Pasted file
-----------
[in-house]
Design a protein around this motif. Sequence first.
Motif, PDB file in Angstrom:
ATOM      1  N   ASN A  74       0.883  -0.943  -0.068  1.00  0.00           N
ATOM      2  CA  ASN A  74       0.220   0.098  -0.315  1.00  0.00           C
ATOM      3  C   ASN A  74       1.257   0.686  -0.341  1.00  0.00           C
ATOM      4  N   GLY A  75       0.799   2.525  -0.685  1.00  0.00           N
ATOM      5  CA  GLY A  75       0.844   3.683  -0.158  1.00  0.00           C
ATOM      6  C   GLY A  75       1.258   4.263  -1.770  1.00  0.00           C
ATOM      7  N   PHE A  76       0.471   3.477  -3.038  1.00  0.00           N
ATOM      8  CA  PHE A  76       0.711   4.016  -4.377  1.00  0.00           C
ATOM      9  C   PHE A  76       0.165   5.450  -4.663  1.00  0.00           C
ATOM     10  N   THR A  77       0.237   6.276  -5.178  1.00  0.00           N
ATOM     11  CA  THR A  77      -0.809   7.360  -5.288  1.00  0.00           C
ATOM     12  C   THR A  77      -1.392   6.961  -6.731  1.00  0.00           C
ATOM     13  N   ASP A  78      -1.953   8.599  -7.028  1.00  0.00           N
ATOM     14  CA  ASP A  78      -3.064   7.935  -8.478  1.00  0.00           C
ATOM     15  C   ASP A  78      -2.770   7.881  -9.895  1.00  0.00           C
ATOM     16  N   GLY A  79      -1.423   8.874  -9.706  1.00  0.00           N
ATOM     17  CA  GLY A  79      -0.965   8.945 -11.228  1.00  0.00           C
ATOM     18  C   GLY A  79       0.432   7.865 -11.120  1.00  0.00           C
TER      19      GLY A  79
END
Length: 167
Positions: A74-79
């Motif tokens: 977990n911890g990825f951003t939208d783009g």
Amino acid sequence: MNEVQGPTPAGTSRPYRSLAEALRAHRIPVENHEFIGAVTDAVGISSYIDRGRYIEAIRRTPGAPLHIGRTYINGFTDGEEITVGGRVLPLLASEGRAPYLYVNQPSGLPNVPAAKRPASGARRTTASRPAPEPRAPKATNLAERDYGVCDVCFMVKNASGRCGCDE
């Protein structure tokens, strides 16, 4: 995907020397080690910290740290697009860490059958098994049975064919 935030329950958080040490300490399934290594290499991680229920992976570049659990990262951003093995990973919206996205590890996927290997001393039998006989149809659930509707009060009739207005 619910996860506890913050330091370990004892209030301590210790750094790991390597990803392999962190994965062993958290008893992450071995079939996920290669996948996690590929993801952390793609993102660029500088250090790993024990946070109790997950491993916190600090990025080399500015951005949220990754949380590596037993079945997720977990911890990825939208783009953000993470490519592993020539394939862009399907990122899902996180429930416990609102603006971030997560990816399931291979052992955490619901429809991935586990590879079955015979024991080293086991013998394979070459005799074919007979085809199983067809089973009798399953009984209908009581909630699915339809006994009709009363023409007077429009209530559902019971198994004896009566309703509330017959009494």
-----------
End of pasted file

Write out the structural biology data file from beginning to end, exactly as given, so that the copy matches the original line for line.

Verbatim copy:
[in-house]
Design a protein around this motif. Sequence first.
Motif, PDB file in Angstrom:
ATOM      1  N   ASN A  74       0.883  -0.943  -0.068  1.00  0.00           N
ATOM      2  CA  ASN A  74       0.220   0.098  -0.315  1.00  0.00           C
ATOM      3  C   ASN A  74       1.257   0.686  -0.341  1.00  0.00           C
ATOM      4  N   GLY A  75       0.799   2.525  -0.685  1.00  0.00           N
ATOM      5  CA  GLY A  75       0.844   3.683  -0.158  1.00  0.00           C
ATOM      6  C   GLY A  75       1.258   4.263  -1.770  1.00  0.00           C
ATOM      7  N   PHE A  76       0.471   3.477  -3.038  1.00  0.00           N
ATOM      8  CA  PHE A  76       0.711   4.016  -4.377  1.00  0.00           C
ATOM      9  C   PHE A  76       0.165   5.450  -4.663  1.00  0.00           C
ATOM     10  N   THR A  77       0.237   6.276  -5.178  1.00  0.00           N
ATOM     11  CA  THR A  77      -0.809   7.360  -5.288  1.00  0.00           C
ATOM     12  C   THR A  77      -1.392   6.961  -6.731  1.00  0.00           C
ATOM     13  N   ASP A  78      -1.953   8.599  -7.028  1.00  0.00           N
ATOM     14  CA  ASP A  78      -3.064   7.935  -8.478  1.00  0.00           C
ATOM     15  C   ASP A  78      -2.770   7.881  -9.895  1.00  0.00           C
ATOM     16  N   GLY A  79      -1.423   8.874  -9.706  1.00  0.00           N
ATOM     17  CA  GLY A  79      -0.965   8.945 -11.228  1.00  0.00           C
ATOM     18  C   GLY A  79       0.432   7.865 -11.120  1.00  0.00           C
TER      19      GLY A  79
END
Length: 167
Positions: A74-79
């Motif tokens: 977990n911890g990825f951003t939208d783009g």
Amino acid sequence: MNEVQGPTPAGTSRPYRSLAEALRAHRIPVENHEFIGAVTDAVGISSYIDRGRYIEAIRRTPGAPLHIGRTYINGFTDGEEITVGGRVLPLLASEGRAPYLYVNQPSGLPNVPAAKRPASGARRTTASRPAPEPRAPKATNLAERDYGVCDVCFMVKNASGRCGCDE
């Protein structure tokens, strides 16, 4: 995907020397080690910290740290697009860490059958098994049975064919 935030329950958080040490300490399934290594290499991680229920992976570049659990990262951003093995990973919206996205590890996927290997001393039998006989149809659930509707009060009739207005 619910996860506890913050330091370990004892209030301590210790750094790991390597990803392999962190994965062993958290008893992450071995079939996920290669996948996690590929993801952390793609993102660029500088250090790993024990946070109790997950491993916190600090990025080399500015951005949220990754949380590596037993079945997720977990911890990825939208783009953000993470490519592993020539394939862009399907990122899902996180429930416990609102603006971030997560990816399931291979052992955490619901429809991935586990590879079955015979024991080293086991013998394979070459005799074919007979085809199983067809089973009798399953009984209908009581909630699915339809006994009709009363023409007077429009209530559902019971198994004896009566309703509330017959009494």